We bought our first home in 2006, which was a foreclosed 4 bedroom house for $48,000 (and we overpaid).  A similar house in todays market would sell for around $90,000, once again, fairly in line with inflation….BUT there is no way in the position we were in in 2006 that we could get a loan today in 2022.  In 2006 we actually got rejected for our loan application even though we were putting down 20%.  I had only been employed for 1.5 years and it was part time.  Mrs. C. also was classified as a part time worker and had steady employment for 2 years.  I had no credit and Mrs. C. had bad credit. The mortgage broker we were working with normally sent mortgages to a large bank for a referral fee.  He chose to underwrite our mortgage for a 1 year interest only loan at like 10% so that we could get the house.  This was an unbelievably kind thing he did for us, and we were able to get the house.  Today to get a mortgage requirements are much more stringent.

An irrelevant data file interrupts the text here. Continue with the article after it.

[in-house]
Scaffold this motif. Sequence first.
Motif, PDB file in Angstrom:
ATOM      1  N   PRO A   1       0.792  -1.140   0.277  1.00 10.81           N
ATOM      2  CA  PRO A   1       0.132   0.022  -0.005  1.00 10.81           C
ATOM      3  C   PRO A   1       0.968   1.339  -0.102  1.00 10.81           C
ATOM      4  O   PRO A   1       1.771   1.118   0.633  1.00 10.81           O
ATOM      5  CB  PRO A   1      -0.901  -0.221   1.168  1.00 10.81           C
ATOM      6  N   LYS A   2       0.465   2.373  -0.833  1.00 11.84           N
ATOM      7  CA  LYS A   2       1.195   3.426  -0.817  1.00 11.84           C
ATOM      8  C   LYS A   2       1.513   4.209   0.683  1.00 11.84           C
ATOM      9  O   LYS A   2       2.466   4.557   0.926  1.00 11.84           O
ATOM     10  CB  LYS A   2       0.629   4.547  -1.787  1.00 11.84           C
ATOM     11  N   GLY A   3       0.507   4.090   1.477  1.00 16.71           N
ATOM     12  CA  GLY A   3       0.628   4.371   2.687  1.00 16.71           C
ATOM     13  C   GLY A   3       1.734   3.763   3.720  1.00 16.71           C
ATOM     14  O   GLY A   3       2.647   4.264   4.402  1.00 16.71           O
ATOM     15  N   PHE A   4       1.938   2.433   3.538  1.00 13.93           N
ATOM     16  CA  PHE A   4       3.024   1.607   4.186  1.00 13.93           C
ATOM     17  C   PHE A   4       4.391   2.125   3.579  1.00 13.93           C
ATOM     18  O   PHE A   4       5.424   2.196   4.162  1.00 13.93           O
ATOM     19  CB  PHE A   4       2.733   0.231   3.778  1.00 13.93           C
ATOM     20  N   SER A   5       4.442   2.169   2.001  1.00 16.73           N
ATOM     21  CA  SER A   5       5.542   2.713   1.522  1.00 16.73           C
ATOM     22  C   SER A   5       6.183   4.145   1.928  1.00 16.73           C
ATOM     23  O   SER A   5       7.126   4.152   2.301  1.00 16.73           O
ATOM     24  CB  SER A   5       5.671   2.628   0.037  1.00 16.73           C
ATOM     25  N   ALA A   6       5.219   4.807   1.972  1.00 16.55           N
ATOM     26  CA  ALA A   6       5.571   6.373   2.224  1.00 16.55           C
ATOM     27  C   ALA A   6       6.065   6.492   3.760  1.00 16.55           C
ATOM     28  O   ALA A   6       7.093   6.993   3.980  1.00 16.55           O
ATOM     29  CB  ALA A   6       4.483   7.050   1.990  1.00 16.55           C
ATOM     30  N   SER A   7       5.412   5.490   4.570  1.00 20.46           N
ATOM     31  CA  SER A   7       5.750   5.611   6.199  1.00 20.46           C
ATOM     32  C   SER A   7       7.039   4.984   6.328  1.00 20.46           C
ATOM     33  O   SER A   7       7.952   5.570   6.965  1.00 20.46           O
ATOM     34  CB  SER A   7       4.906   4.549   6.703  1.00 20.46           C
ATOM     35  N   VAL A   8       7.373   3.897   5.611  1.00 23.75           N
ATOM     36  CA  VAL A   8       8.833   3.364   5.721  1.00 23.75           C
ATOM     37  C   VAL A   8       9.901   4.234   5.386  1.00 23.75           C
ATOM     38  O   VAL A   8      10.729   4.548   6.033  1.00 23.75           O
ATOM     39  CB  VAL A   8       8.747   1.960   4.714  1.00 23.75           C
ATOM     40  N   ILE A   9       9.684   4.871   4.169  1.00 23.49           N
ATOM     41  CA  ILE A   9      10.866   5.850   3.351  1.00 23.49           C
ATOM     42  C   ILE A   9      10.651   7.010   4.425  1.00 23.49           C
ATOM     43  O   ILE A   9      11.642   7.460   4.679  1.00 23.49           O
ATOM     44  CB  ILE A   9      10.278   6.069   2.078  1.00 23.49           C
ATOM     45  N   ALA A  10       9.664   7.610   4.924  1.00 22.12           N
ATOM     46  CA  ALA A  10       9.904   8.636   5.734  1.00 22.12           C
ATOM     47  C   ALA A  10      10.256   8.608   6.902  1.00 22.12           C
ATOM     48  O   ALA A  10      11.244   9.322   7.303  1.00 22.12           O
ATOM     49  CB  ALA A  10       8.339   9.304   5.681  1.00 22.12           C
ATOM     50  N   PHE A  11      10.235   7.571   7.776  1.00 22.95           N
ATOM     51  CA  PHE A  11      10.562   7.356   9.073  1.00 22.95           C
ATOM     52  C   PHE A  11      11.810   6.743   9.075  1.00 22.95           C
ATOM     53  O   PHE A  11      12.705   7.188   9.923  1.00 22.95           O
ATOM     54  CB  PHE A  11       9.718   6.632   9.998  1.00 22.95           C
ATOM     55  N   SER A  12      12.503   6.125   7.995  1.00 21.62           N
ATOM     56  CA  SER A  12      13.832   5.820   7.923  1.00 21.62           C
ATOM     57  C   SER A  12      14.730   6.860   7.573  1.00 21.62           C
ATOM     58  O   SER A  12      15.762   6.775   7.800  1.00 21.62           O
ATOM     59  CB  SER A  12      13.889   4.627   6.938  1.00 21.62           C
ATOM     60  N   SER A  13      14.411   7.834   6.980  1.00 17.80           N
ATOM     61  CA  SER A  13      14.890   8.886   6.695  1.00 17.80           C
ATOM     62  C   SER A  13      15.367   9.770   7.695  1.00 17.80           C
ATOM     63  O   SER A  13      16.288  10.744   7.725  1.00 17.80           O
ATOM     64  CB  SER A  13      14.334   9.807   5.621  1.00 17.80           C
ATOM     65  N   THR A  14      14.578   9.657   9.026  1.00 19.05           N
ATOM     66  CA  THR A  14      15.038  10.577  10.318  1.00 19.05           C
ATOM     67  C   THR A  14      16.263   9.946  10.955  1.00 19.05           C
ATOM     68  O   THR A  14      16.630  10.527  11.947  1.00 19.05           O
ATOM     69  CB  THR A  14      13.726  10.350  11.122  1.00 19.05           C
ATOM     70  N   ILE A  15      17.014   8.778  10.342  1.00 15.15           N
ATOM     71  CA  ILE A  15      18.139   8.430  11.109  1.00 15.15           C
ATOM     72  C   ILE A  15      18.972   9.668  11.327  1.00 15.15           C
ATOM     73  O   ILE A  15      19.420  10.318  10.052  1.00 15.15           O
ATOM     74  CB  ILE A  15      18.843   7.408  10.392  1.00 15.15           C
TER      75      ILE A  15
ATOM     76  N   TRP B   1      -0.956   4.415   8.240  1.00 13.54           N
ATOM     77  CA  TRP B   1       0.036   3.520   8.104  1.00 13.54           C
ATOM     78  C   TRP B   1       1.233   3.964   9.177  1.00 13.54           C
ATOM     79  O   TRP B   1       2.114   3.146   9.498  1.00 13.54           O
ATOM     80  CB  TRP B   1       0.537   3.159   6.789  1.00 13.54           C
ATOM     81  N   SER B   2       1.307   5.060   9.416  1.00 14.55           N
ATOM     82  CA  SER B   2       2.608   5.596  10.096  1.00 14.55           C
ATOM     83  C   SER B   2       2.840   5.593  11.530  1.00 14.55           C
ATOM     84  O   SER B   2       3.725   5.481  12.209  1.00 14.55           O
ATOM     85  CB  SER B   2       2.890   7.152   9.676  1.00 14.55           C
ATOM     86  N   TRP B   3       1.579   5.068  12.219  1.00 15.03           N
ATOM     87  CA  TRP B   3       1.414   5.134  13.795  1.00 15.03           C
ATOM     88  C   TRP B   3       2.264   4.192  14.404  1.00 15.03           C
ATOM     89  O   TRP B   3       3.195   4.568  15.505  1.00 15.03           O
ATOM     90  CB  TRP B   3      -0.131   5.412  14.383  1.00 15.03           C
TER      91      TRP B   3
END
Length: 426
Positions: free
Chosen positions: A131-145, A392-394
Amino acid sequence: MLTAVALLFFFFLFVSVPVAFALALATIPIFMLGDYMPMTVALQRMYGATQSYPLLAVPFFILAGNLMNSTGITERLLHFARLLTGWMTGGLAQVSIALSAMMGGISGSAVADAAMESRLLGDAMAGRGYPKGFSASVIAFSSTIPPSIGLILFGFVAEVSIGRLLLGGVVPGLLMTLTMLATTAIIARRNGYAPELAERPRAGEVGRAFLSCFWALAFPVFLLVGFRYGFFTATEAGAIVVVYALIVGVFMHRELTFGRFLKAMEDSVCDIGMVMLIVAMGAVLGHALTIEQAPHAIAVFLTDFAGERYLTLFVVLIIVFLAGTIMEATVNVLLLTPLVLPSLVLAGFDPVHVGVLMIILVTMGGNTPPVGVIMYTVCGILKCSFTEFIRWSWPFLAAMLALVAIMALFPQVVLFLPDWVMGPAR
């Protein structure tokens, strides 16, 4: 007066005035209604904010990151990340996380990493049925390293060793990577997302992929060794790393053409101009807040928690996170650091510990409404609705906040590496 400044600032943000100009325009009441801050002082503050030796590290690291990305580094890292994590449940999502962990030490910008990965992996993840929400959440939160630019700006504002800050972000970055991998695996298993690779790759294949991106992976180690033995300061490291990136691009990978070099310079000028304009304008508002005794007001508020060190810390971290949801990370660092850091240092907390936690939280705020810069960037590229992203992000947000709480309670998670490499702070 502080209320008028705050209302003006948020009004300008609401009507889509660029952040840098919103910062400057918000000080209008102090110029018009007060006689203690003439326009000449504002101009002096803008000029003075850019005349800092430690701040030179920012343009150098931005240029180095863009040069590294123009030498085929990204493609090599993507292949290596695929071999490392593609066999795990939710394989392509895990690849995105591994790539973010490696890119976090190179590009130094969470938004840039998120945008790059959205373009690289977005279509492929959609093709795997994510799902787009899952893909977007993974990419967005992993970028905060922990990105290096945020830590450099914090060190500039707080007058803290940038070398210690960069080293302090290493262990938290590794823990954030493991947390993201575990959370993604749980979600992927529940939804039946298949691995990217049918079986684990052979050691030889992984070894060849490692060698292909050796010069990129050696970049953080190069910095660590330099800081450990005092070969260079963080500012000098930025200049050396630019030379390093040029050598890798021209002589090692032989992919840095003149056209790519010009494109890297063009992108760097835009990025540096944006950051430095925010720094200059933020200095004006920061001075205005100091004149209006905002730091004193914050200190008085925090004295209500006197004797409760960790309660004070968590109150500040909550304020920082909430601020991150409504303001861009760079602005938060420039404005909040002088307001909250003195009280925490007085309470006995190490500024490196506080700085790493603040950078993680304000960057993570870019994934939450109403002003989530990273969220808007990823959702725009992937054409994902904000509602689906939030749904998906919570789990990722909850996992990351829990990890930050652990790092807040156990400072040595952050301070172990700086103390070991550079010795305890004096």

We are teaching these young men how to be prepared to buy a house and they may skip the rental phase of their lives altogether.

Isn’t the current job market amazing?  I’m very thankful that this is the environment my kids are entering the workforce in. 


John C. started Action Economics in 2013 as a way to gain more knowledge on personal financial planning and to share that knowledge with others. Action Economics focuses on paying off the house, reducing taxes, and building wealth. John is the author of the book For My Children's Children: A Practical Guide For Building Generational Wealth.